Agrochemicals are chemicals used in agricultural practices and animal husbandry with the intent to increase crop yields. Such agents include pesticides (e.g., insecticides, herbicides, rodenticides), plant growth regulators, veterinary drugs (e.g., nitrofuran, fluoroquinolones, malachite green, chloramphenicol), and bovine somatotropin (rBST).
Environmental contaminants are chemicals that are present in the environment in which the food is grown, harvested, transported, stored, packaged, processed, and consumed. The physical contact of the food with its environment results in its contamination. Possible sources of contamination and contaminants common to that vector include:
- Air: radionuclides (caesium-137, strontium-90), polycyclic aromatic hydrocarbons (PAH)
- Water: arsenic, mercury
- Soil: cadmium, nitrates, perchlorates
- Packaging materials: antimony, tin, lead, perfluorooctanoic acid (PFOA), semicarbazide, benzophenone, isopropylthioxanthone (ITX), bisphenol A
- Processing/cooking equipment: copper or other metal chips, lubricants, cleaning and sanitizing agents
- Naturally occurring toxins: mycotoxins, phytohemagglutinin, pyrrolizidine alkaloids, grayanotoxin, scombrotoxin (histamine), ciguatera, shellfish toxins (see shellfish poisoning), tetrodotoxin, among many others
Foodborne illness (also foodborne disease and colloquially referred to as food poisoning) is any illness resulting from the spoilage of contaminated food, pathogenic bacteria, viruses, or parasites that contaminate food, as well as prions (the agents of "mad cow disease"), and toxins such as aflatoxins in peanuts, poisonous mushrooms, and various species of beans that have not been boiled for at least 10 minutes.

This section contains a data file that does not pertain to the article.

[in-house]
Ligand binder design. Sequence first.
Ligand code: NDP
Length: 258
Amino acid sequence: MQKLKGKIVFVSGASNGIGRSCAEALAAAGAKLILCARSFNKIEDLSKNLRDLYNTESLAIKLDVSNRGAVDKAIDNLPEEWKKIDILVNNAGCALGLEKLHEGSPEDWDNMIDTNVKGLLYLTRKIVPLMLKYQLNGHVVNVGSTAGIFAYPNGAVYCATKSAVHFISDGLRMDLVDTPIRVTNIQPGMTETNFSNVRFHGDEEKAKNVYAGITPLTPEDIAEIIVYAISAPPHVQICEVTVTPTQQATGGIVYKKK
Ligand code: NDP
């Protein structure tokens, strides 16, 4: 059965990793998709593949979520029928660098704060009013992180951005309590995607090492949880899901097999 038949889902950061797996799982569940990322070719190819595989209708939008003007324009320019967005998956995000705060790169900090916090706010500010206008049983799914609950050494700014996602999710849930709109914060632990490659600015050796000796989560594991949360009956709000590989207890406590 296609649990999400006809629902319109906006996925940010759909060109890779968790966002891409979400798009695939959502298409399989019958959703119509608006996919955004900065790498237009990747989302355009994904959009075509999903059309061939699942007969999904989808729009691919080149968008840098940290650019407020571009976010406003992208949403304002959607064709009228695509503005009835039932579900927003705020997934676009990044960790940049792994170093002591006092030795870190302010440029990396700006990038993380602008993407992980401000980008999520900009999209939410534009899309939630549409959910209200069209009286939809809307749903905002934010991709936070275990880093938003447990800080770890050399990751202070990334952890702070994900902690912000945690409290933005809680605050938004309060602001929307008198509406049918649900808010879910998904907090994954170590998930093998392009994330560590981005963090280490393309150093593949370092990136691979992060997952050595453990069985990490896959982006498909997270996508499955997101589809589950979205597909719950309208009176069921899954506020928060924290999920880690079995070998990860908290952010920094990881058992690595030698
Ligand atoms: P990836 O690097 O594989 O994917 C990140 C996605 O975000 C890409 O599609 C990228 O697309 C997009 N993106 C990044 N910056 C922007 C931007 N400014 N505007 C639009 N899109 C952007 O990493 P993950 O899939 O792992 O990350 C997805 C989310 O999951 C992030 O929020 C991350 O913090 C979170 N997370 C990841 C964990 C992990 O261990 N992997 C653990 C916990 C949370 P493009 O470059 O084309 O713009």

Symptoms vary depending on the cause. A few broad generalizations can be made. For contaminants requiring an incubation period, symptoms may not manifest for hours to days, depending on the cause and on quantity of consumption. Longer incubation periods tend to cause sufferers to not associate the symptoms with the item consumed, so they may misattribute the symptoms to gastroenteritis, for example.
Symptoms often include vomiting, fever, and aches, and may include diarrhea. Bouts of vomiting can be repeated with an extended delay in between, because even if infected food was eliminated from the stomach in the first bout, microbes, like bacteria (if applicable), can pass through the stomach into the intestine and begin to multiply. Some types of microbes stay in the intestine.
In the United States, using FoodNet data from 2000 to 2007, the CDC estimated there were 47.8 million foodborne illnesses per year (16,000 cases for 100,000 inhabitants) with 9.4 million of these caused by 31 known identified pathogens.
- 127,839 were hospitalized (43 per 100,000 inhabitants per year).
- 3,037 people died (1.0 per 100,000 inhabitants per year).
Center for Disease Control and Prevention : List of Foodborne Diseases.
- Substances inherent in foods or substances produced during cooking processes that use high heat (e.g. frying, broiling, or grilling meats) may increase cancer risk.
- Two major categories of chemical contaminants according to the source of contamination and the mechanism by which they enter the food product are agrochemicals and environmental contaminants.
- The top four germs that cause illnesses from food eaten in the United States are Norovirus, Salmonella, Clostridium perfringens, and Campylobacter.
- Many different disease-causing germs can contaminate foods, so there are many different foodborne infections.